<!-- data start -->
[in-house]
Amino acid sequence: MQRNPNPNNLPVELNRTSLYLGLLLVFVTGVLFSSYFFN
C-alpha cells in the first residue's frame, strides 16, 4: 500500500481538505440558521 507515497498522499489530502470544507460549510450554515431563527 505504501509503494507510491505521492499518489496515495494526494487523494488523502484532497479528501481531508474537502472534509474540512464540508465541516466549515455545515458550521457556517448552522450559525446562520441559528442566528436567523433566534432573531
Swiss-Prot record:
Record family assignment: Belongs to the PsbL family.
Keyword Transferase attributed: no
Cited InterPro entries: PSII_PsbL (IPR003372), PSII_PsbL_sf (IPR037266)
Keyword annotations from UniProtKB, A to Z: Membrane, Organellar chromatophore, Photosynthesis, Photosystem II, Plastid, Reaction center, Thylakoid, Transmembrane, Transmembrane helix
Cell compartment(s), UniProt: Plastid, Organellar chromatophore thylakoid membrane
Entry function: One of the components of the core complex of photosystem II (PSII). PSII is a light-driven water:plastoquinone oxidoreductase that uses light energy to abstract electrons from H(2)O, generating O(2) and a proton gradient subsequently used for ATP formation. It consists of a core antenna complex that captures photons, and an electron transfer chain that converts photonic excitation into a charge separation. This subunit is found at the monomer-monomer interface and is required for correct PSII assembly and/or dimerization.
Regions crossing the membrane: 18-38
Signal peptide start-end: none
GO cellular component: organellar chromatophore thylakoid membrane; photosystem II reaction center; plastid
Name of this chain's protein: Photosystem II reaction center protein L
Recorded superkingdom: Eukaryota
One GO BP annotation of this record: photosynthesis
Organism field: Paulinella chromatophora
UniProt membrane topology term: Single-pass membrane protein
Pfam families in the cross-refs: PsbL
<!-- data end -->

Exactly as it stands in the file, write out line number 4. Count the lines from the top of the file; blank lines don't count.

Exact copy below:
Swiss-Prot record: